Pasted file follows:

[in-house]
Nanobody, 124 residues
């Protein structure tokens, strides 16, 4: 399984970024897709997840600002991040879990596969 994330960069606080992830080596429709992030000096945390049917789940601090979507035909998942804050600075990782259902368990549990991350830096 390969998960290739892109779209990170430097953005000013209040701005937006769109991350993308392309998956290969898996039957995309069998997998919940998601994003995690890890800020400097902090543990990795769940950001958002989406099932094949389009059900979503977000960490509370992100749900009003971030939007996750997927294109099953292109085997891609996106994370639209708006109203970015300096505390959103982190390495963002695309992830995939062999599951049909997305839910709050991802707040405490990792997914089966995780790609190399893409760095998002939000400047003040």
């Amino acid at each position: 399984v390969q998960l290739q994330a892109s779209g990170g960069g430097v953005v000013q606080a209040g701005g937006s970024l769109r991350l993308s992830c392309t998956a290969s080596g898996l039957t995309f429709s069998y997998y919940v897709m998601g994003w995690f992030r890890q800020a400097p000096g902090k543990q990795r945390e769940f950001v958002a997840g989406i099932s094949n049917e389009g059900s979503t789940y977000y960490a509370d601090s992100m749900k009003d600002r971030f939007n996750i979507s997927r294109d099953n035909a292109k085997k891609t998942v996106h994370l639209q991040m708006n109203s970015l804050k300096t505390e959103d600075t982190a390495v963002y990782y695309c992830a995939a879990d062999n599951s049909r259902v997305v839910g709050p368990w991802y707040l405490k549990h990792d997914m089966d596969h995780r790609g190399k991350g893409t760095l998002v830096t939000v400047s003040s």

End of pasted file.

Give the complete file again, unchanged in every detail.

[in-house]
Nanobody, 124 residues
């Protein structure tokens, strides 16, 4: 399984970024897709997840600002991040879990596969 994330960069606080992830080596429709992030000096945390049917789940601090979507035909998942804050600075990782259902368990549990991350830096 390969998960290739892109779209990170430097953005000013209040701005937006769109991350993308392309998956290969898996039957995309069998997998919940998601994003995690890890800020400097902090543990990795769940950001958002989406099932094949389009059900979503977000960490509370992100749900009003971030939007996750997927294109099953292109085997891609996106994370639209708006109203970015300096505390959103982190390495963002695309992830995939062999599951049909997305839910709050991802707040405490990792997914089966995780790609190399893409760095998002939000400047003040």
């Amino acid at each position: 399984v390969q998960l290739q994330a892109s779209g990170g960069g430097v953005v000013q606080a209040g701005g937006s970024l769109r991350l993308s992830c392309t998956a290969s080596g898996l039957t995309f429709s069998y997998y919940v897709m998601g994003w995690f992030r890890q800020a400097p000096g902090k543990q990795r945390e769940f950001v958002a997840g989406i099932s094949n049917e389009g059900s979503t789940y977000y960490a509370d601090s992100m749900k009003d600002r971030f939007n996750i979507s997927r294109d099953n035909a292109k085997k891609t998942v996106h994370l639209q991040m708006n109203s970015l804050k300096t505390e959103d600075t982190a390495v963002y990782y695309c992830a995939a879990d062999n599951s049909r259902v997305v839910g709050p368990w991802y707040l405490k549990h990792d997914m089966d596969h995780r790609g190399k991350g893409t760095l998002v830096t939000v400047s003040s």